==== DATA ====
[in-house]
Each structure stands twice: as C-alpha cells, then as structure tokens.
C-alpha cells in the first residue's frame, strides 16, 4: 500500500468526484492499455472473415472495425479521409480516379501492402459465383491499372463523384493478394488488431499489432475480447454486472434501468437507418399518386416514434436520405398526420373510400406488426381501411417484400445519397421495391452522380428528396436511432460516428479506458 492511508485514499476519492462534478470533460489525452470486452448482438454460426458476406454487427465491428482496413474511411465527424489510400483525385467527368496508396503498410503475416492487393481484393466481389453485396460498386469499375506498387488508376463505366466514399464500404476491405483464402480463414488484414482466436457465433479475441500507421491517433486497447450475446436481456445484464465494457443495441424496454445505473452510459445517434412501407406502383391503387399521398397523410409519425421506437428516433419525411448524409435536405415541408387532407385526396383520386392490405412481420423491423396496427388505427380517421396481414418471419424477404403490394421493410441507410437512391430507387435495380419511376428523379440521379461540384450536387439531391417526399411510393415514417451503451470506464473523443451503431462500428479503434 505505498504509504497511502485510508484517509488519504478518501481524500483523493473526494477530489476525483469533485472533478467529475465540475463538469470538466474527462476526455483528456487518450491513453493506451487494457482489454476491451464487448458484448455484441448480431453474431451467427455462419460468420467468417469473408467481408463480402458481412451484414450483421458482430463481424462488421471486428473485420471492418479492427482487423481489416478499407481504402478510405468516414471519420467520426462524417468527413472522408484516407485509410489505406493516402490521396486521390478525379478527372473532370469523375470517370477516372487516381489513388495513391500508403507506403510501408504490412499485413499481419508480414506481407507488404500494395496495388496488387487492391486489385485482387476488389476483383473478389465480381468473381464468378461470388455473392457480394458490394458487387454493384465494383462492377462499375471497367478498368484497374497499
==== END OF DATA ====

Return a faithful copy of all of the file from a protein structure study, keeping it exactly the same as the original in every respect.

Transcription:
[in-house]
Each structure stands twice: as C-alpha cells, then as structure tokens.
C-alpha cells in the first residue's frame, strides 16, 4: 500500500468526484492499455472473415472495425479521409480516379501492402459465383491499372463523384493478394488488431499489432475480447454486472434501468437507418399518386416514434436520405398526420373510400406488426381501411417484400445519397421495391452522380428528396436511432460516428479506458 492511508485514499476519492462534478470533460489525452470486452448482438454460426458476406454487427465491428482496413474511411465527424489510400483525385467527368496508396503498410503475416492487393481484393466481389453485396460498386469499375506498387488508376463505366466514399464500404476491405483464402480463414488484414482466436457465433479475441500507421491517433486497447450475446436481456445484464465494457443495441424496454445505473452510459445517434412501407406502383391503387399521398397523410409519425421506437428516433419525411448524409435536405415541408387532407385526396383520386392490405412481420423491423396496427388505427380517421396481414418471419424477404403490394421493410441507410437512391430507387435495380419511376428523379440521379461540384450536387439531391417526399411510393415514417451503451470506464473523443451503431462500428479503434 505505498504509504497511502485510508484517509488519504478518501481524500483523493473526494477530489476525483469533485472533478467529475465540475463538469470538466474527462476526455483528456487518450491513453493506451487494457482489454476491451464487448458484448455484441448480431453474431451467427455462419460468420467468417469473408467481408463480402458481412451484414450483421458482430463481424462488421471486428473485420471492418479492427482487423481489416478499407481504402478510405468516414471519420467520426462524417468527413472522408484516407485509410489505406493516402490521396486521390478525379478527372473532370469523375470517370477516372487516381489513388495513391500508403507506403510501408504490412499485413499481419508480414506481407507488404500494395496495388496488387487492391486489385485482387476488389476483383473478389465480381468473381464468378461470388455473392457480394458490394458487387454493384465494383462492377462499375471497367478498368484497374497499